By Jim Schutze
By Rachel Watts
By Lauren Drewes Daniels
By Anna Merlan
By Lee Escobedo
The servers said Dallas assured them the wine would be returned to Lone Wolf after the party. But they suspected Overstreet was reclaiming wine inventory before pulling the plug on the operation. So they asked the driver where he was taking the wine. He replied that his destination was California. "It didn't make any sense," snaps the server. "They must have thought we were real idiots or something."
Guenthner of the TABC says this move also violates Texas law. There are only two circumstances under which alcoholic beverages can legally be removed from a restaurant in Texas: If a patron takes out a bottle of unfinished wine ordered with a meal; or if an operator removes inventory after shutting down the restaurant, canceling the liquor license, and filing a final inventory with the state comptroller.
The TABC says Lone Wolf's liquor license is still active, and there is no record of a final inventory filed with the state comptroller. Dallas, who returned to California two days before Lone Wolf closed, refused to respond to the servers' charges. "I didn't know that Lone Wolf had closed," she says. "I thought they were still operating." Dallas directed all inquiries concerning Lone Wolf to Los Angeles attorney Perry Wander, who is listed as The Wine Merchant's registered agent. Neither Wander nor Overstreet returned repeated phone calls.
But Winston West, an employee of Norris' television production company and an investor in Lone Wolf, categorically denied the servers' allegations. "Oh my God. No. Not true," he says firmly. West quickly added that he was not involved in the day-to-day operation of Lone Wolf. Yet court records show that West is chairman of the board of Lone Wolf International, while state records designate him manager of Norber Associates, the company Norris and his investors formed to operate Lone Wolf and the firm that holds Lone Wolf's liquor license.
Contradicting West, attorney Gerrit Pronske confirmed that Overstreet did indeed ship pricey wines from California to Lone Wolf and back again. "When they closed down, yeah they did that," he concedes. "It was all Dennis' wine. He had brought that in. It was primarily...the more expensive wines that he brought in."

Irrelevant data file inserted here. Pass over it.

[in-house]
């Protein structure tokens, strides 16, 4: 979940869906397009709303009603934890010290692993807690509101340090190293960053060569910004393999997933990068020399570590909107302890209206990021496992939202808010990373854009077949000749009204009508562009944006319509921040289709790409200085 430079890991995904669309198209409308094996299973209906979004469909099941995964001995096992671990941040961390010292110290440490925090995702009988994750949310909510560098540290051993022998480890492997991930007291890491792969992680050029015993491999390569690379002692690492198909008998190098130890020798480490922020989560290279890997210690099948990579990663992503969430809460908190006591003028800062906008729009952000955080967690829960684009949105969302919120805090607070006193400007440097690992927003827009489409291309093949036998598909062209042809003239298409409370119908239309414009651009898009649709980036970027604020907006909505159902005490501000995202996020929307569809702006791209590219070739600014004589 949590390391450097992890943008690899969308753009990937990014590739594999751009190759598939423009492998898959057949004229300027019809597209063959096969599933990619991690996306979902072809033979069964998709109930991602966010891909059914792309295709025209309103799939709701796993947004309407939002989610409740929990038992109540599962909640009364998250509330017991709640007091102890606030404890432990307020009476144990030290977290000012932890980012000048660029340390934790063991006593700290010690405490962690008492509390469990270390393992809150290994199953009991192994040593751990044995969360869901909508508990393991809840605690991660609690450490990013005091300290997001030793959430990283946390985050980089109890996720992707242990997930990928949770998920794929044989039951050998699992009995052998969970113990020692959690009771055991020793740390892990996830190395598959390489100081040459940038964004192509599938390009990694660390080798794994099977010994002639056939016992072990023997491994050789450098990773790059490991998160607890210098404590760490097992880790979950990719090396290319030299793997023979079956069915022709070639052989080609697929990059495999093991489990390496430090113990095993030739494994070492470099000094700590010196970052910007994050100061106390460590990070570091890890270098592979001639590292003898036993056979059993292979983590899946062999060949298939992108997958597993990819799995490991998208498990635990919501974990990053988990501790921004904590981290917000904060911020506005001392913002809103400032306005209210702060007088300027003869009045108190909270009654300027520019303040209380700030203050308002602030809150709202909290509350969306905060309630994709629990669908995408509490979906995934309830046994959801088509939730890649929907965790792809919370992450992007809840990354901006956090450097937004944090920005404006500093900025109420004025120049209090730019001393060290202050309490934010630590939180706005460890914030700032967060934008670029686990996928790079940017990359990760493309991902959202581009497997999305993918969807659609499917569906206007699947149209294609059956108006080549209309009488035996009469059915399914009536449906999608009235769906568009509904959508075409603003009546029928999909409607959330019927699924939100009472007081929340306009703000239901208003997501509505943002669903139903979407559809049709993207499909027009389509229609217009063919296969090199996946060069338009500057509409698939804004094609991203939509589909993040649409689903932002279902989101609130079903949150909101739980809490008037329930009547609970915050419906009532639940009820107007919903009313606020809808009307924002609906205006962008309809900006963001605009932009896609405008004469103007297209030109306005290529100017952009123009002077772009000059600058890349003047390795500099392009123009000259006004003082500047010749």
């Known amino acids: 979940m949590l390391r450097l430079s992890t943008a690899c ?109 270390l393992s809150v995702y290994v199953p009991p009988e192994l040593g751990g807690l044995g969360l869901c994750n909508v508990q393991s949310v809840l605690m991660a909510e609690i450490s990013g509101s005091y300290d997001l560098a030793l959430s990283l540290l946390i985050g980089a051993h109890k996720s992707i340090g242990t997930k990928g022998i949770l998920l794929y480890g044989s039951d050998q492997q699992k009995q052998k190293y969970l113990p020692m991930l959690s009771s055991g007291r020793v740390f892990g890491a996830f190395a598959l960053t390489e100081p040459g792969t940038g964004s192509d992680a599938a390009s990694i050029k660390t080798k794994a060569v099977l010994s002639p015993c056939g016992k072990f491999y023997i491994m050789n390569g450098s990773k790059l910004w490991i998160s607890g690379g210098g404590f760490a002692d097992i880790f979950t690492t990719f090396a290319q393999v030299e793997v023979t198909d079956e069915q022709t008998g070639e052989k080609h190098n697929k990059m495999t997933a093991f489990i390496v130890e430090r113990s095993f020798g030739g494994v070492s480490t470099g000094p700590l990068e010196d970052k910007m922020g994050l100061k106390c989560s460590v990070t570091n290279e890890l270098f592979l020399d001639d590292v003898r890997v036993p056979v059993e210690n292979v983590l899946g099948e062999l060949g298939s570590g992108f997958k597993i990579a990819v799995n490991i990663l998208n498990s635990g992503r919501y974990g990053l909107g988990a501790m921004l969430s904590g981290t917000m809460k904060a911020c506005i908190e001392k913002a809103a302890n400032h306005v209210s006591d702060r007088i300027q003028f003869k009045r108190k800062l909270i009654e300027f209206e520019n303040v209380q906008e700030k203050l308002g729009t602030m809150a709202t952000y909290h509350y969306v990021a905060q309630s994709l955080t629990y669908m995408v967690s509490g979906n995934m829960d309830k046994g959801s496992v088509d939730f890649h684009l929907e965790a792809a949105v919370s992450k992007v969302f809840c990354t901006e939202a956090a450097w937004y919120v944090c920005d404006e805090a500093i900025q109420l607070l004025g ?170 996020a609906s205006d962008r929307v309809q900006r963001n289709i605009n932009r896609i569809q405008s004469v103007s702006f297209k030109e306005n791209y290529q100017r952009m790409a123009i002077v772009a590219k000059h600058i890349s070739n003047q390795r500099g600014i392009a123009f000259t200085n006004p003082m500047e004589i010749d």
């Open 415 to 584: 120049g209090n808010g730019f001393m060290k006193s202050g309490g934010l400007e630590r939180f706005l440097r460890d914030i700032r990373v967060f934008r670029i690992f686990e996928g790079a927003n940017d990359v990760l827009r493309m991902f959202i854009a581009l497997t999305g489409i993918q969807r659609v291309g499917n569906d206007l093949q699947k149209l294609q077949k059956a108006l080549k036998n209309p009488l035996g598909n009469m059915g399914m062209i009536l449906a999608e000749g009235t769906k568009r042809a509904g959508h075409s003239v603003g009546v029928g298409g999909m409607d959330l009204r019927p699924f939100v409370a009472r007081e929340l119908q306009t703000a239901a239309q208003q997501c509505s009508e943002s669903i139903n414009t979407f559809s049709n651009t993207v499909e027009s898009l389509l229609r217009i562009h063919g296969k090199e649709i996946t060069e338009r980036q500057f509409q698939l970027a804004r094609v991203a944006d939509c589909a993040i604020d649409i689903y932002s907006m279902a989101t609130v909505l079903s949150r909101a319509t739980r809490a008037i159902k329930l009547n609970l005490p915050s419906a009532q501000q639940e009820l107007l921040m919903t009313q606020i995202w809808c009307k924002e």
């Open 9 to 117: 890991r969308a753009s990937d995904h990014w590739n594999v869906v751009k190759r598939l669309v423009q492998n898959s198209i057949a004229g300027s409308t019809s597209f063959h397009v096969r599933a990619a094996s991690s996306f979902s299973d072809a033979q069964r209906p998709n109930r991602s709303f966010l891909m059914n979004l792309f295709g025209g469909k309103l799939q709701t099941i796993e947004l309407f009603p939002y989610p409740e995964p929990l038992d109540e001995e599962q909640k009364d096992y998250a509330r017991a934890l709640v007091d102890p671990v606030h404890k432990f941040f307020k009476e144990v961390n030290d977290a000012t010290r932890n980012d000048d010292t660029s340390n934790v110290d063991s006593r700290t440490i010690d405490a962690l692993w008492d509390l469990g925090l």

Court records show that Pronske is Lone Wolf International's bankruptcy attorney, while state records list him as registered agent for the Chris Overstreet Corp., the firm through which Dennis Overstreet managed Lone Wolf. Pronske also is listed as the registered agent of Norber Real Estate Corp., the company that owns the property housing the lounge.
Pronske adds that the decision to close Lone Wolf was reached mutually between Overstreet and the Dallas partners. Several servers at Lone Wolf said business fell off precipitously after former Mansion maitre d' Wayne Broadwell and chef Matthew Antonovich backed out of their partnership deal with Overstreet. "They just got tired," says Pronske of Overstreet and the Dallas partners. "The place was losing money, and they made a decision to close it; they made a joint decision to shut it down." He says Lone Wolf most likely will not reopen, and the Dallas investors are reviewing options to either bring in other operators or sell the real estate.
It is perhaps ironic that Norris, a former karate champion and reserve officer in the Terrell, Texas, police department who plays a law-enforcement official in his TV show, may have had a potential bootlegging operation transpiring right under his nose. But the demise of Lone Wolf and its concomitant missteps don't surprise IWA's Orenstein.
"If you look around the country right now, cigar bars are all having problems," he says. "[Lone Wolf] tried to take the cigar bar and bring it to the next level with food and music. But it's still a cigar bar. You don't want to hang your hat on such a thin nail. In my opinion, everybody was caught up in the deal of, 'Ooh, I'm going to be around movie stars.' And that's when people lose track of what the hell they're doing.